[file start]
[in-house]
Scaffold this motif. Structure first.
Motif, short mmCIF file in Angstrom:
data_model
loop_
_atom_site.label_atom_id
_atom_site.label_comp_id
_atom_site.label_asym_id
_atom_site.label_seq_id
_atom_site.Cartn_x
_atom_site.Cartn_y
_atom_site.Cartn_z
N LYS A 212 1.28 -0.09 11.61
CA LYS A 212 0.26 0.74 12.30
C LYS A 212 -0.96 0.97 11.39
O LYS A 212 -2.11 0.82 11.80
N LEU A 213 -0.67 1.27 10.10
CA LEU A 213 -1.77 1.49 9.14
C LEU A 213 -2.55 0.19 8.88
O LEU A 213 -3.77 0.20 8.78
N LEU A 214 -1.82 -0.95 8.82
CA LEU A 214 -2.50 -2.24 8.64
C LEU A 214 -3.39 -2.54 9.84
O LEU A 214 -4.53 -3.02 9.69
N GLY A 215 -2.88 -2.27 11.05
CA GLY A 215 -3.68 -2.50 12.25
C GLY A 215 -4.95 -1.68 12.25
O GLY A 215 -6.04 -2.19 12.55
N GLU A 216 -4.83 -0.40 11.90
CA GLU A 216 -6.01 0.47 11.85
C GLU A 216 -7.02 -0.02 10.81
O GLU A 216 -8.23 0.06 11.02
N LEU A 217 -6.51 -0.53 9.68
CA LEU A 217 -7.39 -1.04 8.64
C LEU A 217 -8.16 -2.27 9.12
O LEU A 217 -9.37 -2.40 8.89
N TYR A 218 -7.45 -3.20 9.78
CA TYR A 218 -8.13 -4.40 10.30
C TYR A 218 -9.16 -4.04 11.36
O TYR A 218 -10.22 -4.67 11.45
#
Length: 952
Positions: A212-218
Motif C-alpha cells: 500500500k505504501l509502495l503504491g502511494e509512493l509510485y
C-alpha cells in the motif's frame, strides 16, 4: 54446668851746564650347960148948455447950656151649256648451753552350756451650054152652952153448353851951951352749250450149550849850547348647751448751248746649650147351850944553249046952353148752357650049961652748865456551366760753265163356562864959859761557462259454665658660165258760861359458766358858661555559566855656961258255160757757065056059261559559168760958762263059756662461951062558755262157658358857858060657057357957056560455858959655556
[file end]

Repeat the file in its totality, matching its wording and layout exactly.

[in-house]
Scaffold this motif. Structure first.
Motif, short mmCIF file in Angstrom:
data_model
loop_
_atom_site.label_atom_id
_atom_site.label_comp_id
_atom_site.label_asym_id
_atom_site.label_seq_id
_atom_site.Cartn_x
_atom_site.Cartn_y
_atom_site.Cartn_z
N LYS A 212 1.28 -0.09 11.61
CA LYS A 212 0.26 0.74 12.30
C LYS A 212 -0.96 0.97 11.39
O LYS A 212 -2.11 0.82 11.80
N LEU A 213 -0.67 1.27 10.10
CA LEU A 213 -1.77 1.49 9.14
C LEU A 213 -2.55 0.19 8.88
O LEU A 213 -3.77 0.20 8.78
N LEU A 214 -1.82 -0.95 8.82
CA LEU A 214 -2.50 -2.24 8.64
C LEU A 214 -3.39 -2.54 9.84
O LEU A 214 -4.53 -3.02 9.69
N GLY A 215 -2.88 -2.27 11.05
CA GLY A 215 -3.68 -2.50 12.25
C GLY A 215 -4.95 -1.68 12.25
O GLY A 215 -6.04 -2.19 12.55
N GLU A 216 -4.83 -0.40 11.90
CA GLU A 216 -6.01 0.47 11.85
C GLU A 216 -7.02 -0.02 10.81
O GLU A 216 -8.23 0.06 11.02
N LEU A 217 -6.51 -0.53 9.68
CA LEU A 217 -7.39 -1.04 8.64
C LEU A 217 -8.16 -2.27 9.12
O LEU A 217 -9.37 -2.40 8.89
N TYR A 218 -7.45 -3.20 9.78
CA TYR A 218 -8.13 -4.40 10.30
C TYR A 218 -9.16 -4.04 11.36
O TYR A 218 -10.22 -4.67 11.45
#
Length: 952
Positions: A212-218
Motif C-alpha cells: 500500500k505504501l509502495l503504491g502511494e509512493l509510485y
C-alpha cells in the motif's frame, strides 16, 4: 54446668851746564650347960148948455447950656151649256648451753552350756451650054152652952153448353851951951352749250450149550849850547348647751448751248746649650147351850944553249046952353148752357650049961652748865456551366760753265163356562864959859761557462259454665658660165258760861359458766358858661555559566855656961258255160757757065056059261559559168760958762263059756662461951062558755262157658358857858060657057357957056560455858959655556